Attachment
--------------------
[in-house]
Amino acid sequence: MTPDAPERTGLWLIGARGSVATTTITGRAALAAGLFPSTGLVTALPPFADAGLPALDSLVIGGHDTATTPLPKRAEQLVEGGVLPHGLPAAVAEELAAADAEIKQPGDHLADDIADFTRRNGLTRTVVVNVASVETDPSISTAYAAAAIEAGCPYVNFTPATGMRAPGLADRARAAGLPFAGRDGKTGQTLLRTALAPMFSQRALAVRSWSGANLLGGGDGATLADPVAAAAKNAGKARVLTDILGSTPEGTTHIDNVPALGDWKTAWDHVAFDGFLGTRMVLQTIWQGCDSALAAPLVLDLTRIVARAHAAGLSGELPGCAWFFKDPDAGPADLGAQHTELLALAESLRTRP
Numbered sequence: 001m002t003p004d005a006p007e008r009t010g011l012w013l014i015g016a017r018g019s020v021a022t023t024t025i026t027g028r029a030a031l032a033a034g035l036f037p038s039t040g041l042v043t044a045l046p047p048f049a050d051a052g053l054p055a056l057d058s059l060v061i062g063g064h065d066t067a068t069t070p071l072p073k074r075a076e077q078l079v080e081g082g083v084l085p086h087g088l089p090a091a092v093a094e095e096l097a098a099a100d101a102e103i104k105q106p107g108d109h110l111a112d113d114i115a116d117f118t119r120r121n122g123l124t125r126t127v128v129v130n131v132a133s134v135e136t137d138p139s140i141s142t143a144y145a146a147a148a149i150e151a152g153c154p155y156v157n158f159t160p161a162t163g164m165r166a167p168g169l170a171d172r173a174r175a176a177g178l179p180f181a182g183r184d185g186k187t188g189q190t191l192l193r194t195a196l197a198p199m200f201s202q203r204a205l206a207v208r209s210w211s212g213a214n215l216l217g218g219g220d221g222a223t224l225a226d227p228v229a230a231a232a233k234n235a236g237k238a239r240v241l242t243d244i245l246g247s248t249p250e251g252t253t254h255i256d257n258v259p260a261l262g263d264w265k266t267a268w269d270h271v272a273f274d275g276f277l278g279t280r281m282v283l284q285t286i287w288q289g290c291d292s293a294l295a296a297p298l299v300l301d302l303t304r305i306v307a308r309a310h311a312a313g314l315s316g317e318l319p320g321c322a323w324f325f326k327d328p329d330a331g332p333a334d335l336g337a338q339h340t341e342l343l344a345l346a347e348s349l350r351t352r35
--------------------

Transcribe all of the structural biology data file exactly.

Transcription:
[in-house]
Amino acid sequence: MTPDAPERTGLWLIGARGSVATTTITGRAALAAGLFPSTGLVTALPPFADAGLPALDSLVIGGHDTATTPLPKRAEQLVEGGVLPHGLPAAVAEELAAADAEIKQPGDHLADDIADFTRRNGLTRTVVVNVASVETDPSISTAYAAAAIEAGCPYVNFTPATGMRAPGLADRARAAGLPFAGRDGKTGQTLLRTALAPMFSQRALAVRSWSGANLLGGGDGATLADPVAAAAKNAGKARVLTDILGSTPEGTTHIDNVPALGDWKTAWDHVAFDGFLGTRMVLQTIWQGCDSALAAPLVLDLTRIVARAHAAGLSGELPGCAWFFKDPDAGPADLGAQHTELLALAESLRTRP
Numbered sequence: 001m002t003p004d005a006p007e008r009t010g011l012w013l014i015g016a017r018g019s020v021a022t023t024t025i026t027g028r029a030a031l032a033a034g035l036f037p038s039t040g041l042v043t044a045l046p047p048f049a050d051a052g053l054p055a056l057d058s059l060v061i062g063g064h065d066t067a068t069t070p071l072p073k074r075a076e077q078l079v080e081g082g083v084l085p086h087g088l089p090a091a092v093a094e095e096l097a098a099a100d101a102e103i104k105q106p107g108d109h110l111a112d113d114i115a116d117f118t119r120r121n122g123l124t125r126t127v128v129v130n131v132a133s134v135e136t137d138p139s140i141s142t143a144y145a146a147a148a149i150e151a152g153c154p155y156v157n158f159t160p161a162t163g164m165r166a167p168g169l170a171d172r173a174r175a176a177g178l179p180f181a182g183r184d185g186k187t188g189q190t191l192l193r194t195a196l197a198p199m200f201s202q203r204a205l206a207v208r209s210w211s212g213a214n215l216l217g218g219g220d221g222a223t224l225a226d227p228v229a230a231a232a233k234n235a236g237k238a239r240v241l242t243d244i245l246g247s248t249p250e251g252t253t254h255i256d257n258v259p260a261l262g263d264w265k266t267a268w269d270h271v272a273f274d275g276f277l278g279t280r281m282v283l284q285t286i287w288q289g290c291d292s293a294l295a296a297p298l299v300l301d302l303t304r305i306v307a308r309a310h311a312a313g314l315s316g317e318l319p320g321c322a323w324f325f326k327d328p329d330a331g332p333a334d335l336g337a338q339h340t341e342l343l344a345l346a347e348s349l350r351t352r35